The telling comparison being made is to Mordechai Vanunu, the former technician at the Dimona nuclear plant who exposed Israel’s secret nuclear arsenal. Inside Israel, he is universally reviled to this day, having spent nearly two decades in harsh confinement. He is still under a loose house arrest, denied the chance to leave the country.

Blau and Kamm have every reason to be worried they may share a similar fate. Yuval Diskin, the head of the Shin Bet, Israel’s secret police, which has been leading the investigation, said yesterday that they had been too “sensitive to the media world” in pursuing the case for so long and that the Shin Bet would now “remove its gloves”.

Maybe that explains why Kamm’s home address was still visible on the charge sheet published yesterday, putting her life in danger from one of those crazed talkbackers.

It certainly echoes warnings we have had before from the Shin Bet about how it operates.

Much like Blau, Azmi Bishara, once head of a leading Arab party in Israel, is today living in exile after the Shin Bet put him in their sights. He had been campaigning for democratic reforms that would make Israel a “state of all its citizens” rather than a Jewish state.

While Bishara was abroad in 2007, the Shin Bet announced that he would be put on trial for treason when he returned, supposedly because he had had contacts with Hizbullah during Israel’s attack on Lebanon in 2006.

Few experts believe Bishara could have had any useful information for Hizbullah, but the Shin Bet’s goals and modus operandi were revealed later by Diskin in a letter on its attitude to Bishara and his democratisation campaign. The Shin Bet was there, he said, to thwart the activities of groups or individuals who threatened the state’s Jewish character “even if such activity is sanctioned by the law”.

Diskin called this the principle of “a democracy defending itself” when it was really a case of Jewish leaders in a state based on Jewish privilege protecting those privileges. This time it is about the leaders of Israel’s massive security industry protecting their privileges in a security state by silencing witnesses to their crimes and keeping ordinary citizens in ignorance.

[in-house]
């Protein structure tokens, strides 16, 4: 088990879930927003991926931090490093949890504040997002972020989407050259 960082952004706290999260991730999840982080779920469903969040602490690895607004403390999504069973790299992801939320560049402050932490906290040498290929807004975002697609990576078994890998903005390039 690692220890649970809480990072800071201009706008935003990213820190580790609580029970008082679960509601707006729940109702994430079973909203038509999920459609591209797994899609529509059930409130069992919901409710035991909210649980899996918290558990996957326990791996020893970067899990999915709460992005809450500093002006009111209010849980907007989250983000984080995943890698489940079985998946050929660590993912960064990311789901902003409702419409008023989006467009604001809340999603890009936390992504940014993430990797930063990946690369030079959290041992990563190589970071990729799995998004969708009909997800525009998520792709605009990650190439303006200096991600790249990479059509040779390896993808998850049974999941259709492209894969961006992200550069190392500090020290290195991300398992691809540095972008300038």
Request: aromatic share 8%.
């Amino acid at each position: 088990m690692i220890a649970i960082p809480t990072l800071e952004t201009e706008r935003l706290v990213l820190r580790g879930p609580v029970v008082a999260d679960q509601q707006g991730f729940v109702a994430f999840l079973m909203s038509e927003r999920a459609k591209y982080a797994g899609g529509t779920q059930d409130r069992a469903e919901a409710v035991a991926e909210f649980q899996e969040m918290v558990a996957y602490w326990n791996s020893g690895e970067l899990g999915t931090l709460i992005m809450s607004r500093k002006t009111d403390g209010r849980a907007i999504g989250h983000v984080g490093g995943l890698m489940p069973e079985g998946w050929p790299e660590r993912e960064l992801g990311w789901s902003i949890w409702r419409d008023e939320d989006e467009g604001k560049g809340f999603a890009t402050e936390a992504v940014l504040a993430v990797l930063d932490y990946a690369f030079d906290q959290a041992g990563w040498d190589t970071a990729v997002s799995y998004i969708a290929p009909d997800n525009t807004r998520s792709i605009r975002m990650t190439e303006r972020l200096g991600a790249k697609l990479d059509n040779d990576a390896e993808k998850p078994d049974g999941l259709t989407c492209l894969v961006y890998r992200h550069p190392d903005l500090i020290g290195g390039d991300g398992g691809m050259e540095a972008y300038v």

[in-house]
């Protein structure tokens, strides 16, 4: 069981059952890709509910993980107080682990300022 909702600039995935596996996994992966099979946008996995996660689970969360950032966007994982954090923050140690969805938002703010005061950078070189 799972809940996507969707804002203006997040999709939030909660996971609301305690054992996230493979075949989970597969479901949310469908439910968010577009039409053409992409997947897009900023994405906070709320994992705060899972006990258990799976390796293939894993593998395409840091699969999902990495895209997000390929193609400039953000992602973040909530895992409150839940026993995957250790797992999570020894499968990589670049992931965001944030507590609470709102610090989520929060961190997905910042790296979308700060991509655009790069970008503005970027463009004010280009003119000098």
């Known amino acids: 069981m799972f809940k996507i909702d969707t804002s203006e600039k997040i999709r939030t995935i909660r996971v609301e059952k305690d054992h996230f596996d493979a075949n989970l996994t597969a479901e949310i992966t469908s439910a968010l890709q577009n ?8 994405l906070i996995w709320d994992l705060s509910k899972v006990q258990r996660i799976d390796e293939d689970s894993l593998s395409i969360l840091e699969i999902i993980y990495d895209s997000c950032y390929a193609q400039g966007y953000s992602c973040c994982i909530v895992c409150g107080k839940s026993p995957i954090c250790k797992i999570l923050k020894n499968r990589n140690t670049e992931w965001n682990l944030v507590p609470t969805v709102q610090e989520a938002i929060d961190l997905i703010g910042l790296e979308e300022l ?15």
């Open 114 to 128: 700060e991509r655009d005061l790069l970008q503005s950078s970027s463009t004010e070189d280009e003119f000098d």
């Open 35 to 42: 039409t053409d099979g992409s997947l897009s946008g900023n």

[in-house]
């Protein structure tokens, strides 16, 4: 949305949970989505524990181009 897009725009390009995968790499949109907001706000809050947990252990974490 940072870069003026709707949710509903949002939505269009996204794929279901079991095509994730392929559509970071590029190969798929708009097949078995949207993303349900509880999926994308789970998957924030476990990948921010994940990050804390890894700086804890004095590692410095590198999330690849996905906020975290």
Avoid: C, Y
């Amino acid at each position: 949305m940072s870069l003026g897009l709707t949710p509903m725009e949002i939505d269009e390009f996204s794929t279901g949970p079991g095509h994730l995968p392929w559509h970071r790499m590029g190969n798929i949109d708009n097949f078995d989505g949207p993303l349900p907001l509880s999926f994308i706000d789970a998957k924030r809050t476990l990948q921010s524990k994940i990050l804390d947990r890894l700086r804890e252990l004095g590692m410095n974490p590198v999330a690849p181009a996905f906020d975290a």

Justifying his decision to “take the gloves off” in the case of Kamm and Blau, Diskin said: “It is a dream of every enemy state to get its hands on these kinds of documents” — that is, documents proving that the Israeli army has repeatedly broken the country’s laws, in addition, of course, to its systematic violations of international law.

Diskin claims that national security has been put at risk, even though the reports Blau based on the documents — and even the documents themselves — were presented to, and approved by, the military censor for publication. The censor can restrict publication based only on national security concerns, unlike Diskin, the army senior command and the government, who obey other kinds of concerns.

Diskin knows there is every chance he will get away with his ploy because of a brainwashed Israeli public, a largely patriotic media and a supine judiciary.